How do I know?

When I became editor in chief of The Daily Californian, one of the first things I looked forward to was cleaning my new office.

I set aside a whole afternoon for its christening, the Saturday in December 2015 after finals ended. The newsroom was empty. I played “All I Want for Christmas Is You” on repeat and scrubbed pen marks off the walls. Peeling away clutter, I lingered on every object: documents stacked up on a chair, framed black-and-white photos, a plastic bag of deflated balloons.

The archives held in that office span decades. I was moved by a sense of the paper’s history. But I also thought that being there, at that desk where old editors sat, would make me brand-new. I wanted to conjure a feeling of baptism out of paper towels dipped in all-purpose cleaner. Underneath the clutter, I looked for proof that I belonged.

And maybe a surety of belonging should have felt natural at that point, after nearly three years of working at my college paper. In fact, I have rarely felt like I belonged anywhere like I belonged at the Daily Cal. I love the siren call of news. I love ink-stained hands. I’ve met wonderful people here and stayed horribly late nights with them, agonizing over our always-late-to-the-printer newspaper.

I have just never felt sure. Even now, I’m still waiting for the clincher. How do I know — really know — that I belong in journalism? And what if love isn’t enough?

I came to Berkeley four years ago with a fanatical desire to write for the college paper. I read columns written by the Daily Cal’s editor at the time and wondered how I could be like her: an articulate journalist, a self-assured writer, a woman in charge. When I applied to be a news reporter freshman year, I was terrified I wouldn’t be good enough.

Here is a story I wish I could tell about my trajectory since then: as my experience increased, my fears and worries gradually melted. I saw myself becoming the kind of journalist I’ve always wanted to be.

The actual story has a less clearly upward path. Venturing deeper into journalism has tempered some of my old doubts, but it’s also pulled me toward new, more consuming uncertainties.

When I was elected editor in chief of the Daily Cal, I was in awe of the support I received. But as editor, I also hesitated sometimes to make basic decisions. Even sitting at the head of the table, I talked too quietly at meetings. Later that year, I got the chance to shadow a professional TV reporter. I was tasked that day with holding a microphone while a crowd of journalists from different news outlets shot questions at the witness to a plane crash. I could have asked questions, too, but I was too scared to speak up.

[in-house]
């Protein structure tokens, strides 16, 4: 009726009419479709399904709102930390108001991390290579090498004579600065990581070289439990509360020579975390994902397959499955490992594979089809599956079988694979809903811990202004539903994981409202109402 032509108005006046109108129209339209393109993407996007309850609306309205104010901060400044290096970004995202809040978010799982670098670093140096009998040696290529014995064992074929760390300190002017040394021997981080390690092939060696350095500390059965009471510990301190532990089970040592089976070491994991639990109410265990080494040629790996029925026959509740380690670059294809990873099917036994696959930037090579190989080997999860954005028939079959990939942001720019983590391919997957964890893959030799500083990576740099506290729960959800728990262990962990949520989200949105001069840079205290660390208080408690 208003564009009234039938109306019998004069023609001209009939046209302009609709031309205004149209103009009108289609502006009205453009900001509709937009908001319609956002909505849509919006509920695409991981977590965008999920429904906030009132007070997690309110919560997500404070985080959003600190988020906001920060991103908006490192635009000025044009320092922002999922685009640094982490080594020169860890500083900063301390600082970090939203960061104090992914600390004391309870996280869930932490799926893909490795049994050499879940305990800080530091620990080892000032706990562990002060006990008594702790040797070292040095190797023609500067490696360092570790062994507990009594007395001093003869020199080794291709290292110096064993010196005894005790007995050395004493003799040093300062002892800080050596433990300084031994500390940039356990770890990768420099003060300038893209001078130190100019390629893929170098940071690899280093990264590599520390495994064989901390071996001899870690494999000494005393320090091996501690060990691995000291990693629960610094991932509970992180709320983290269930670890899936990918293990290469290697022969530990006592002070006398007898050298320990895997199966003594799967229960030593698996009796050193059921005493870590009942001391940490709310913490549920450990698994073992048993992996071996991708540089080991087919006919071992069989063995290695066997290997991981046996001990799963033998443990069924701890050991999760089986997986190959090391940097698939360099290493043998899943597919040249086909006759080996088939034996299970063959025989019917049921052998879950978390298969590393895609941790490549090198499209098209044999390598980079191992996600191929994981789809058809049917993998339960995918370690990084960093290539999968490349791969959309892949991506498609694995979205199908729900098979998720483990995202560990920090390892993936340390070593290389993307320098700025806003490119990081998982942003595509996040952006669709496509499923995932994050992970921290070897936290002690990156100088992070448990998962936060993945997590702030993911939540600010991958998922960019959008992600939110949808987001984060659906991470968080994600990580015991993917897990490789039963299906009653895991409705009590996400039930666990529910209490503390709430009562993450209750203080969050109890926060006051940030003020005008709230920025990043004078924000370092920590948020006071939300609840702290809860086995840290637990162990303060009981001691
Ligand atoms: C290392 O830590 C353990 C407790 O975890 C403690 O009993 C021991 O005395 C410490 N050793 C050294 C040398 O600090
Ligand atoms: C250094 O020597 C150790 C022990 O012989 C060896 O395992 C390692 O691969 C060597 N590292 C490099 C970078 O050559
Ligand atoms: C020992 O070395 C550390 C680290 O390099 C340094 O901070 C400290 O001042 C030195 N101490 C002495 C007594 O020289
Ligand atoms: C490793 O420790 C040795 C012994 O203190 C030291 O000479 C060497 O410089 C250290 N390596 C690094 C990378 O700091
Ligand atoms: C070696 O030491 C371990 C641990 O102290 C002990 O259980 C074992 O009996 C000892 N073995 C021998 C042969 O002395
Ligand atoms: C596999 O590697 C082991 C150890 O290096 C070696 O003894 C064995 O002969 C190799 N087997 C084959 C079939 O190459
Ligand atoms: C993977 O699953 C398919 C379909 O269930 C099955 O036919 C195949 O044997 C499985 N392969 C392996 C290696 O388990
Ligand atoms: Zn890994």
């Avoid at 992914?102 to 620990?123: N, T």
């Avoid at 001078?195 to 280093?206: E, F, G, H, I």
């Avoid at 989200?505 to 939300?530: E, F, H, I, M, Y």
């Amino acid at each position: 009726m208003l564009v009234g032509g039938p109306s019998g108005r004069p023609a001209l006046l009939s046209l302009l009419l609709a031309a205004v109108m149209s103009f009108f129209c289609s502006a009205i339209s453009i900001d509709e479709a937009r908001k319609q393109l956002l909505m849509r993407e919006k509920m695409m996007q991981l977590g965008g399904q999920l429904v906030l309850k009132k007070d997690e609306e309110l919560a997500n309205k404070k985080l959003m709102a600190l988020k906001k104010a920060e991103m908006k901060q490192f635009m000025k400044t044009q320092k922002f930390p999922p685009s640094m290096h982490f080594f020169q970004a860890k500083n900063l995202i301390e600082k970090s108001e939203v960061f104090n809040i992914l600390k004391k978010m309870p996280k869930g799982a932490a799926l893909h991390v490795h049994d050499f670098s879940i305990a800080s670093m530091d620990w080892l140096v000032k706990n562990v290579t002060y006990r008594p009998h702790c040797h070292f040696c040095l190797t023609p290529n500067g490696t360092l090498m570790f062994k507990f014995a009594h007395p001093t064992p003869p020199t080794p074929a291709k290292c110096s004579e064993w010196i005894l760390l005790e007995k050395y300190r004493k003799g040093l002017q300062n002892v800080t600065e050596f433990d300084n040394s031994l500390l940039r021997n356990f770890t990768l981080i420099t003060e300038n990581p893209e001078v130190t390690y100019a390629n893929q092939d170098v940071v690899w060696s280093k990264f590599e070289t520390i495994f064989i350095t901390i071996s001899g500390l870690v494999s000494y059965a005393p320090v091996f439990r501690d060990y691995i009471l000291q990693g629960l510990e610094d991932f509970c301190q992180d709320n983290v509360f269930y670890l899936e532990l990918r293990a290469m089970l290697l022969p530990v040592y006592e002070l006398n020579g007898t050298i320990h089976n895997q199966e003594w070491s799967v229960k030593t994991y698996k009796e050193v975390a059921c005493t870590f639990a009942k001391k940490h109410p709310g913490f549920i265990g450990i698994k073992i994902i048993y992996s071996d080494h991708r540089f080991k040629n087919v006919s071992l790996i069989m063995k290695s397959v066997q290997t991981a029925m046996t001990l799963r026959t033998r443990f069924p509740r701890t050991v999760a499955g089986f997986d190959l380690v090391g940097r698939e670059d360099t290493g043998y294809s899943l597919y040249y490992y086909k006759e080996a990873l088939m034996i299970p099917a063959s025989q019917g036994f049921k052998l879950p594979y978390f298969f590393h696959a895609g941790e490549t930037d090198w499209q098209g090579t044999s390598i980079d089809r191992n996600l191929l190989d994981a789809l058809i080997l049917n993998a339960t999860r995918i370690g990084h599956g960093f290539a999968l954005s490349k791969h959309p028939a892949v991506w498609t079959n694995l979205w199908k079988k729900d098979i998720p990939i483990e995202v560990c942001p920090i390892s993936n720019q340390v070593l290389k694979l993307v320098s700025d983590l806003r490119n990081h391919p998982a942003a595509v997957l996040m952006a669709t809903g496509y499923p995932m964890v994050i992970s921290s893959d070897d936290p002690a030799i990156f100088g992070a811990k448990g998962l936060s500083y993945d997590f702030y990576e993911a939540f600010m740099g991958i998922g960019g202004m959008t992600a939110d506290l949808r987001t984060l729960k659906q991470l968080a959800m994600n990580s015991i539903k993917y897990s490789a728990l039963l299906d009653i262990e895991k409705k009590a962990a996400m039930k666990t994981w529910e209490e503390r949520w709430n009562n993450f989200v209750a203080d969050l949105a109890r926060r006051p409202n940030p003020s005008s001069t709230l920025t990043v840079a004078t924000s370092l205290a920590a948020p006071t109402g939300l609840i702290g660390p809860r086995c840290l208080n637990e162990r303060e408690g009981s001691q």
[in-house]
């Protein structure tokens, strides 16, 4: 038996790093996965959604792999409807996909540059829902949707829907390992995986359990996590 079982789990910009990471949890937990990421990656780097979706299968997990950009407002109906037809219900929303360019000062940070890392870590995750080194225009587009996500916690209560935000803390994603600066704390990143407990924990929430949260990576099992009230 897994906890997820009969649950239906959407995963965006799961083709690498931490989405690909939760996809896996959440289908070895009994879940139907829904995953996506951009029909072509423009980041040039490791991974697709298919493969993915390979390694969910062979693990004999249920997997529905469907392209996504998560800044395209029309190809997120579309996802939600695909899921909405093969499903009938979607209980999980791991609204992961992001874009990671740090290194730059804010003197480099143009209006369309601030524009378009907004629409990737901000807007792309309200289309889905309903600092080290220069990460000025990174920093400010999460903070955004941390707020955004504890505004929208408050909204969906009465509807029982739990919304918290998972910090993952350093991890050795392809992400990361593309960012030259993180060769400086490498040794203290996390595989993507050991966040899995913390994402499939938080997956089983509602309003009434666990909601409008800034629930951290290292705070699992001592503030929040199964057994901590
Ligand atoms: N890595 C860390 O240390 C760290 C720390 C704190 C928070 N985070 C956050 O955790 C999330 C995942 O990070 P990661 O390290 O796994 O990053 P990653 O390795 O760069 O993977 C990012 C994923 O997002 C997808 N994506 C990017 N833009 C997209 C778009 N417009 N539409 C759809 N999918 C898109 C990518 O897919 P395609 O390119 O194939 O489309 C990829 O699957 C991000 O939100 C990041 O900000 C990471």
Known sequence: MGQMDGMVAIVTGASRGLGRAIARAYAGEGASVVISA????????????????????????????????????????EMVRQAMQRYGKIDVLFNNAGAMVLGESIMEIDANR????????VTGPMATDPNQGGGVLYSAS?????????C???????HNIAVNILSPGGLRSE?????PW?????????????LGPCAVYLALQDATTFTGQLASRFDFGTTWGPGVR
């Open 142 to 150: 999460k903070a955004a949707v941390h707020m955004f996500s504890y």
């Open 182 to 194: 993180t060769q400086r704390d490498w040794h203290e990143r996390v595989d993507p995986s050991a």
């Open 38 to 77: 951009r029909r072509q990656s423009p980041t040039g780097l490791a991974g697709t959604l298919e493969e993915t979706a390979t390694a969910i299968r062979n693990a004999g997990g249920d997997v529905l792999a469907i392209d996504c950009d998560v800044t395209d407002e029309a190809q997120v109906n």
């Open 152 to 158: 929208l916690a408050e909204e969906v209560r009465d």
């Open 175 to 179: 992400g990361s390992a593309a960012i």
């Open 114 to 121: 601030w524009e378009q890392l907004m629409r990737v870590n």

My recent stabs at the journalism job market have added to my list of reasons for doubt. Prodded by interviewers, I’ve reflected on my reporting. None of my stories have been perfect. But I’m not bothered so much by that as I am by the stories I didn’t write — injustices I should have paid attention to and didn’t, because I was so wrapped up in mundane stresses, because I wasn’t sharp enough to see the bigger picture.

I know I am not alone in carrying these doubts. Journalism, as a whole, has always had insufficiencies. I know also that a reporter’s uncertainty about finding their place should not be wholly attributed to their own inadequacy. Women constitute only 37 percent of newsroom leaders, according to the American Society of News Editors’ 2016 diversity survey. Of all the underrepresented minority groups identified by the survey, each makes up less than 5 percent of leadership positions. History does not offer to everyone the same proof of belonging.

Journalism can also be a fitting home for doubters. “How do I know?” can be a refrain of uncertainty, or it can be a crucial question when checking a fact or questioning a would-be assumption.

Still, I sometimes wish I could go back in time to that day I spent cleaning my new office, when I felt like becoming editor in chief of my college paper had brought me to the brink of an answer to all my doubts.

I am still not sure, and I don’t know how to be. But I don’t know how to walk away from the thing I am so unsure about. The time I’ve spent writing by the chatter of a police scanner, chasing protests into the Berkeley night, combing through public records for buried truths — it’s the closest I’ve come to falling in love. Regardless of whether love is enough, maybe I’ve stepped off the edge of it already. And when you’re tumbling in midair, you can’t stop.

Melissa Wen joined the Daily Cal in fall of 2013 as a news reporter. She reported on the city beat before becoming executive news editor in spring 2015 and managing editor in summer 2015. She was editor in chief and president in spring of 2016, and in 2016-17 co-led the Daily Cal’s digital archiving project. She is graduating with a bachelor’s degree in English.